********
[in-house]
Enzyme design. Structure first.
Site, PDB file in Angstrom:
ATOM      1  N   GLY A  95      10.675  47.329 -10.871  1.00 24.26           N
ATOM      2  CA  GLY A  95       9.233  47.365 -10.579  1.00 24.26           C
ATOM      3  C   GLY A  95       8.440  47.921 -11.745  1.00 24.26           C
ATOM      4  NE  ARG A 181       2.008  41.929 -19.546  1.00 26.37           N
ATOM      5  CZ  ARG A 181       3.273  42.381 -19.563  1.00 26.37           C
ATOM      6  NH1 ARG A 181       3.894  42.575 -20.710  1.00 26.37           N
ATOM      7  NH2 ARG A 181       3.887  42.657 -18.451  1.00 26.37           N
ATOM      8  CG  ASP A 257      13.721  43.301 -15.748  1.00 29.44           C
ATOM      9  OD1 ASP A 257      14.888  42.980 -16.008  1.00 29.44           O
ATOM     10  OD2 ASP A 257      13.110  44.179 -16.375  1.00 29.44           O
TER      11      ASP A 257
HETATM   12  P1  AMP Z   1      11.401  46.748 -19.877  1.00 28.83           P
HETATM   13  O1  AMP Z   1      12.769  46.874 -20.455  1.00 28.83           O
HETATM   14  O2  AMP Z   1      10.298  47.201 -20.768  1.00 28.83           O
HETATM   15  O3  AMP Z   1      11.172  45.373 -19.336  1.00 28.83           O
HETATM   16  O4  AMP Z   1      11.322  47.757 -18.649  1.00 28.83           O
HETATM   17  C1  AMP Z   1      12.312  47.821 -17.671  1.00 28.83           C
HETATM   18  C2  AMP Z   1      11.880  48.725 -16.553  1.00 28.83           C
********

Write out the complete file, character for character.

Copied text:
[in-house]
Enzyme design. Structure first.
Site, PDB file in Angstrom:
ATOM      1  N   GLY A  95      10.675  47.329 -10.871  1.00 24.26           N
ATOM      2  CA  GLY A  95       9.233  47.365 -10.579  1.00 24.26           C
ATOM      3  C   GLY A  95       8.440  47.921 -11.745  1.00 24.26           C
ATOM      4  NE  ARG A 181       2.008  41.929 -19.546  1.00 26.37           N
ATOM      5  CZ  ARG A 181       3.273  42.381 -19.563  1.00 26.37           C
ATOM      6  NH1 ARG A 181       3.894  42.575 -20.710  1.00 26.37           N
ATOM      7  NH2 ARG A 181       3.887  42.657 -18.451  1.00 26.37           N
ATOM      8  CG  ASP A 257      13.721  43.301 -15.748  1.00 29.44           C
ATOM      9  OD1 ASP A 257      14.888  42.980 -16.008  1.00 29.44           O
ATOM     10  OD2 ASP A 257      13.110  44.179 -16.375  1.00 29.44           O
TER      11      ASP A 257
HETATM   12  P1  AMP Z   1      11.401  46.748 -19.877  1.00 28.83           P
HETATM   13  O1  AMP Z   1      12.769  46.874 -20.455  1.00 28.83           O
HETATM   14  O2  AMP Z   1      10.298  47.201 -20.768  1.00 28.83           O
HETATM   15  O3  AMP Z   1      11.172  45.373 -19.336  1.00 28.83           O
HETATM   16  O4  AMP Z   1      11.322  47.757 -18.649  1.00 28.83           O
HETATM   17  C1  AMP Z   1      12.312  47.821 -17.671  1.00 28.83           C
HETATM   18  C2  AMP Z   1      11.880  48.725 -16.553  1.00 28.83           C